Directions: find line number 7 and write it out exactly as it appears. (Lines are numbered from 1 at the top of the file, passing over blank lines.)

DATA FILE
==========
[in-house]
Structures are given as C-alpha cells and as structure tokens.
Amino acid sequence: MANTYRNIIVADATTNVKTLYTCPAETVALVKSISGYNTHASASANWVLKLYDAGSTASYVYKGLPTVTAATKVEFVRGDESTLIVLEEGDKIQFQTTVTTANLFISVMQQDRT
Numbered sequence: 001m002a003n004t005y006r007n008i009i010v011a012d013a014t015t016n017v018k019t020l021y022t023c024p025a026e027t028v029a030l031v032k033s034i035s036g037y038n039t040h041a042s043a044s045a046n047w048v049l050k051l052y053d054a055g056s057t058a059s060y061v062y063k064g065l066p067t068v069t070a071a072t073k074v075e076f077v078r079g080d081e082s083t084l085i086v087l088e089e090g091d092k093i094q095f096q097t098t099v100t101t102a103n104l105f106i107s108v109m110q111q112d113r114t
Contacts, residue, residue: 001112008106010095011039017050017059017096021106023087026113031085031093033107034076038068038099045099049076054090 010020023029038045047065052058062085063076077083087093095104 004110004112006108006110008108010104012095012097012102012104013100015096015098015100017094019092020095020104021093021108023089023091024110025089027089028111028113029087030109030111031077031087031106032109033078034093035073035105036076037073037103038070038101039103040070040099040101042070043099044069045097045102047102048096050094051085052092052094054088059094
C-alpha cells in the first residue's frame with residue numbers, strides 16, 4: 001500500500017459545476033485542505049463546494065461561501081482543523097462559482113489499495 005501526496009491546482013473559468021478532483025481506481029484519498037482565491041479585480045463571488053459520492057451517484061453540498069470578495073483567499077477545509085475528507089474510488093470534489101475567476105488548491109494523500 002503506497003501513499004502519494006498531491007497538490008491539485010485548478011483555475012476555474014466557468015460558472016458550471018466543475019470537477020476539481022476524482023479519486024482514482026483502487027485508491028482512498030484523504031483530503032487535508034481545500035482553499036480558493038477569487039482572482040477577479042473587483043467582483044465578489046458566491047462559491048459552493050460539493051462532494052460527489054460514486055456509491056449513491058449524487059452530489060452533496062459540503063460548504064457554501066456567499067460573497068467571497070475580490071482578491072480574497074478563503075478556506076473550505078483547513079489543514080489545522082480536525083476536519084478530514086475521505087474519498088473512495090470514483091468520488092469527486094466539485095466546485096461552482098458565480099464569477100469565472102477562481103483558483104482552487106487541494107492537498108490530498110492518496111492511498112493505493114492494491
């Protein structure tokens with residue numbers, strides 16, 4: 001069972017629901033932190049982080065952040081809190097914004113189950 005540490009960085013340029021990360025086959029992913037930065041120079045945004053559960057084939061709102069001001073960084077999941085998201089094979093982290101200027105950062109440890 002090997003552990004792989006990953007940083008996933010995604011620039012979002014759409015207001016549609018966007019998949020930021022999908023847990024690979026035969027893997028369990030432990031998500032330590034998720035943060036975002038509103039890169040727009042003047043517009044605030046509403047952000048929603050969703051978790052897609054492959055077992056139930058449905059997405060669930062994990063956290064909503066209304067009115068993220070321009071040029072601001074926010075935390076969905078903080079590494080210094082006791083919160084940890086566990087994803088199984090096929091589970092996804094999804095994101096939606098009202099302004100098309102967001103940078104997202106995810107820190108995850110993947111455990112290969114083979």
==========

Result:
């Protein structure tokens with residue numbers, strides 16, 4: 001069972017629901033932190049982080065952040081809190097914004113189950 005540490009960085013340029021990360025086959029992913037930065041120079045945004053559960057084939061709102069001001073960084077999941085998201089094979093982290101200027105950062109440890 002090997003552990004792989006990953007940083008996933010995604011620039012979002014759409015207001016549609018966007019998949020930021022999908023847990024690979026035969027893997028369990030432990031998500032330590034998720035943060036975002038509103039890169040727009042003047043517009044605030046509403047952000048929603050969703051978790052897609054492959055077992056139930058449905059997405060669930062994990063956290064909503066209304067009115068993220070321009071040029072601001074926010075935390076969905078903080079590494080210094082006791083919160084940890086566990087994803088199984090096929091589970092996804094999804095994101096939606098009202099302004100098309102967001103940078104997202106995810107820190108995850110993947111455990112290969114083979």